I think the subject of land use has been making its way into the things that I try to write lately because you don’t age backwards, you know. You think about all the work you do and how even if you work eight days a week, your money’s not going to be enough to buy yourself a house, not with the expenses that come with renting a life in the city, and especially not when you have a government planning our everyday life when their feet have never even been dirtied by the ground.

We look forward to reading that story! And what are you currently reading? It’s for what kind of readers? Please tell us more about it. 

I am trying to go back to Labyrinths by Jorge Luis Borges. I like him a lot. It’s this collection of short stories that I started reading way back, and I remember foremost the estranging experience of reading what seemed to be references to otherworldly things posed as familiar. 

Borges was one of my first tastes of surrealism in writing. An experience of fiction through language that seemed to do something about the way you imagine the written text. 

If you’re somebody who wants to dive into magic realism, specifically the interconnections of time, language, vantage points, and reality, Labyrinths is for you.

Speaking of stories being for you– in Philippine Genre Stories, which among the published stories do you like the most so far? Why?

I liked Joseph Nacino’s “Selda 34,” its setting of Philippine folklore in the space of Duterte’s tokhang. Apart from its thrilling plot progression, the idea of the police and the aswang as rivals over humans to prey upon was such a powerful image of bloodlust normalized by the drug war. 

And, SPOILER ALERT! A couple of things that really stuck to me: (1) the character of the old man who wanted to make an army of aswang so they could “gut your president like a pig,” and (2) that one line of an aswang to a policeman, I think, that went something like, “You think you own the night?”

We do hope for more action adventure stories and for these to be written by female storytellers, too. 🙂 What are your tips for the aspiring storytellers out there?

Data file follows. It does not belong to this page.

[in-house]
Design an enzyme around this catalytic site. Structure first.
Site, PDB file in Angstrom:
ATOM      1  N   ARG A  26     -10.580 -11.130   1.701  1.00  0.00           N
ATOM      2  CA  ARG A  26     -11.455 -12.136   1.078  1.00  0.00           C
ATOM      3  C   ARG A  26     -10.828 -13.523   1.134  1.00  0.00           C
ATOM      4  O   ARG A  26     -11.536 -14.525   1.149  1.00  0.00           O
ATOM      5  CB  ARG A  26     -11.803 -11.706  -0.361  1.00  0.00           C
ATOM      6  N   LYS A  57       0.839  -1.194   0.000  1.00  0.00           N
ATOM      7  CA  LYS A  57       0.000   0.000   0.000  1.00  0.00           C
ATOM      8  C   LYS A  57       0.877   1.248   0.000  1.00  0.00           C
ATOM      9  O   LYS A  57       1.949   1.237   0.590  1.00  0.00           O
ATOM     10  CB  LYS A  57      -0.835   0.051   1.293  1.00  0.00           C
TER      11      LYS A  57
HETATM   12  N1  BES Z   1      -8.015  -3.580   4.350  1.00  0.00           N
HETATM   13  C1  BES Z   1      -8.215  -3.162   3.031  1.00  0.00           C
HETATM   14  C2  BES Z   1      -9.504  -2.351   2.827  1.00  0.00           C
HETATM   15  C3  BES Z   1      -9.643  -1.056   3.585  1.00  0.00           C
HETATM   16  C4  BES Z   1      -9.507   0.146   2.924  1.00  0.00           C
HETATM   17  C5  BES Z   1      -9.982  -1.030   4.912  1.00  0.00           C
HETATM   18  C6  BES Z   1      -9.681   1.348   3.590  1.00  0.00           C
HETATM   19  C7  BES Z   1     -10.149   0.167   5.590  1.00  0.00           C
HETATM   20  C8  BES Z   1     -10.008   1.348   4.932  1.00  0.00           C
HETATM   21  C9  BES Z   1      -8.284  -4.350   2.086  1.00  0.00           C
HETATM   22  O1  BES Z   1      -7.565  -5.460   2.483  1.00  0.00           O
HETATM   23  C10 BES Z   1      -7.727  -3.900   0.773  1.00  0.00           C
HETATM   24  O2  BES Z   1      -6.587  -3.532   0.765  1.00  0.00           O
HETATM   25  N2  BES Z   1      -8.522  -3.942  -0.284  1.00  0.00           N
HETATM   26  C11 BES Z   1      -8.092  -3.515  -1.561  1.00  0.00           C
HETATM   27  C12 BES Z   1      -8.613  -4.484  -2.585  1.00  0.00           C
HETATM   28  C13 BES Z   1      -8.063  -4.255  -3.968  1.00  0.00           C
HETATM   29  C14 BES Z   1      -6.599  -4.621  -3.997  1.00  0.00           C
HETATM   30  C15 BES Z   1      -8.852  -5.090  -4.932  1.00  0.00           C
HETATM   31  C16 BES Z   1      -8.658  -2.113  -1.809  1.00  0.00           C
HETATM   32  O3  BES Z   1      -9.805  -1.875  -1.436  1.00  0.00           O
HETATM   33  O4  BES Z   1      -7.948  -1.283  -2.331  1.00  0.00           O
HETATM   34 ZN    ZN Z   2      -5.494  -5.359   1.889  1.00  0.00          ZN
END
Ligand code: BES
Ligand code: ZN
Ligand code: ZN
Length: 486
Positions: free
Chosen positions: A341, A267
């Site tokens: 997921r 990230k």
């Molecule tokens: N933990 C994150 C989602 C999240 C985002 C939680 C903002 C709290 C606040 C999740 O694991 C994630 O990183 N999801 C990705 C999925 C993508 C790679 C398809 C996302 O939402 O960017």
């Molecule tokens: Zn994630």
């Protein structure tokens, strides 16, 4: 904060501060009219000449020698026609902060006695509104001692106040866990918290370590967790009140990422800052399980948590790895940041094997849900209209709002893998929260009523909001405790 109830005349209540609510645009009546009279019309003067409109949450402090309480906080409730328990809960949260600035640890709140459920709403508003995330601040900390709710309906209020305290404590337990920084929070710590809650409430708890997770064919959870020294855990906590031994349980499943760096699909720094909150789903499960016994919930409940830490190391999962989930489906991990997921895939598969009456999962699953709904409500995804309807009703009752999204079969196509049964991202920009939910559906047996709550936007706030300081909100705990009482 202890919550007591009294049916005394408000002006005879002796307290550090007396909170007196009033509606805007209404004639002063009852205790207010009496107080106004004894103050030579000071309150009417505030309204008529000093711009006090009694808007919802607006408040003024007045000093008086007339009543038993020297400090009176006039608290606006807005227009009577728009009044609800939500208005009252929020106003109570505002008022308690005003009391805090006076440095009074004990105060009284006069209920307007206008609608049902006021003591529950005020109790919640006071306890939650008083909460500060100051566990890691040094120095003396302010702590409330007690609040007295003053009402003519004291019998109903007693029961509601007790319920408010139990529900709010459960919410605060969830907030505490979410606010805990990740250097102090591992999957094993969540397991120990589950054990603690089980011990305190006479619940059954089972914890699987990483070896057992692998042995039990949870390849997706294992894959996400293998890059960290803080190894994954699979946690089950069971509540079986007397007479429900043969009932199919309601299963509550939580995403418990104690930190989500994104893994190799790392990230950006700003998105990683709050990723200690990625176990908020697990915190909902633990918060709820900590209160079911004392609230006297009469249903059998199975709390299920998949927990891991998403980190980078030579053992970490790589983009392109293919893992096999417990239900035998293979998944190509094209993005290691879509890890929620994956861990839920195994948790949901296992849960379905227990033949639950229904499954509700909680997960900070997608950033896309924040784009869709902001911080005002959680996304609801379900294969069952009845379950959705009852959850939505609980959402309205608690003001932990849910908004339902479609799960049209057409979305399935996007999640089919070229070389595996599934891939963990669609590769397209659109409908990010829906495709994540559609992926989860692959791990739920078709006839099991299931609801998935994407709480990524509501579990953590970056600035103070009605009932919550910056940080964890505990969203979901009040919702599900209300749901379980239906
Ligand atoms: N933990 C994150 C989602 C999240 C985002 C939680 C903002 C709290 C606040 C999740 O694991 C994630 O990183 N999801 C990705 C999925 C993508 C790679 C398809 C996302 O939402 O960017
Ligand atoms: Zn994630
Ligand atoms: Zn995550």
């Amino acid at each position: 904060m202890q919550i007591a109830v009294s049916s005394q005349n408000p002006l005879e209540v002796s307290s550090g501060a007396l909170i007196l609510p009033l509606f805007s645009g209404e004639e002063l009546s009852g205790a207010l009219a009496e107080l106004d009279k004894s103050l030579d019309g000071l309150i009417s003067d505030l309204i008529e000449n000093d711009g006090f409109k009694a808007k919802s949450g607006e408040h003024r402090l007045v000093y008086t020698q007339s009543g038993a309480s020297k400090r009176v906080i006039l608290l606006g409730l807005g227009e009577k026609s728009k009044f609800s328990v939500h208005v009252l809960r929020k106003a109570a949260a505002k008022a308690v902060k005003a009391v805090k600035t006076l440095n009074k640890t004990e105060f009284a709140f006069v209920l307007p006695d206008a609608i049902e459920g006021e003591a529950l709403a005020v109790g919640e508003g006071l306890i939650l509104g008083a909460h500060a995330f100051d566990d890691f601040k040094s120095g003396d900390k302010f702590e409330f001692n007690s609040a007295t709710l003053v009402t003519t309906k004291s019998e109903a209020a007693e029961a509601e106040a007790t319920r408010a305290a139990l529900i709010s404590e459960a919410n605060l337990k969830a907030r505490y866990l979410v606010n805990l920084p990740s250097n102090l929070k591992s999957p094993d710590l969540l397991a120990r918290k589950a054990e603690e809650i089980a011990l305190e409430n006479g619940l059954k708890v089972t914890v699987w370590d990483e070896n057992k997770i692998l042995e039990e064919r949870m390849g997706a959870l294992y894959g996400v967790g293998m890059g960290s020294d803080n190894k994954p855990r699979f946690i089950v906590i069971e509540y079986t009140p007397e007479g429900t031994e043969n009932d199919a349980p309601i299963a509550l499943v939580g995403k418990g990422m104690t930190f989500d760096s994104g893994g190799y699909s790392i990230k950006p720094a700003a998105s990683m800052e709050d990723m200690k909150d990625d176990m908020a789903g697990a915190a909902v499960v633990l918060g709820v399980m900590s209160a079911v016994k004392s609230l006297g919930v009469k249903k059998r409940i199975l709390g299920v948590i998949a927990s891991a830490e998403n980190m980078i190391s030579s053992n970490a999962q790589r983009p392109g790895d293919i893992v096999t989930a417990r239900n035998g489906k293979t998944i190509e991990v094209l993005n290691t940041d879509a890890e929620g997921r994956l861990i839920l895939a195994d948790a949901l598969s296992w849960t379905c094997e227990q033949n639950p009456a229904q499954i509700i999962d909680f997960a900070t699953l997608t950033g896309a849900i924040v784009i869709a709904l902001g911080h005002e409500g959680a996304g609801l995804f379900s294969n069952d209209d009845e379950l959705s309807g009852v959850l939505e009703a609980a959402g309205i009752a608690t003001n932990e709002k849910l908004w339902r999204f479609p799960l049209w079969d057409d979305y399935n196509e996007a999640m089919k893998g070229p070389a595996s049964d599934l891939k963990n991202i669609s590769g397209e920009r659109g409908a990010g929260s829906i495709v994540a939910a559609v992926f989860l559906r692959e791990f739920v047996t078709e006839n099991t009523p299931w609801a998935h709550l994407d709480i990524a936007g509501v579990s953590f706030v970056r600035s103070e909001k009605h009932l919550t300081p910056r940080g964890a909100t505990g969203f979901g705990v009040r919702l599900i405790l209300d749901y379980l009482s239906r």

“What is your point?” I think that’s an important question to ask, especially if you do not intend to restrict the consumption of your work to yourself. You have to be clear with your purpose. 

This applies to all sorts of storytelling, be it a work where you want the readers to simply enjoy the slow pace of a linear plot, follow a character’s very rigid thought journey, appreciate a new kind of writing horror, or maybe do something after reading. How exactly do you execute it? 

I initially wrote “The Gospel, According to the God on the 2nd Floor” with verse numbers and footnotes to copy the structure of a scholarly Bible. For me, it aligned well with my intentions to position the story as a sort of scripture. My editor, Ms. Mia Tijam, commented on the way the verse numbers and the footnotes were actually distracting to the reading flow, plus how they added too much to the extent that it took away attention from the main story. Those were actually good points. Attempts at complexity can backfire if the execution compromises clarity.

Now that I think of it, let me add to my two cents on storytelling: be open to criticism, to changing your work. Readers are critics, and they offer an experience of your work that you might not have had owing to your position as the author.

Thank you again so much, Leigh, for making us a part of your journey and congratulations again!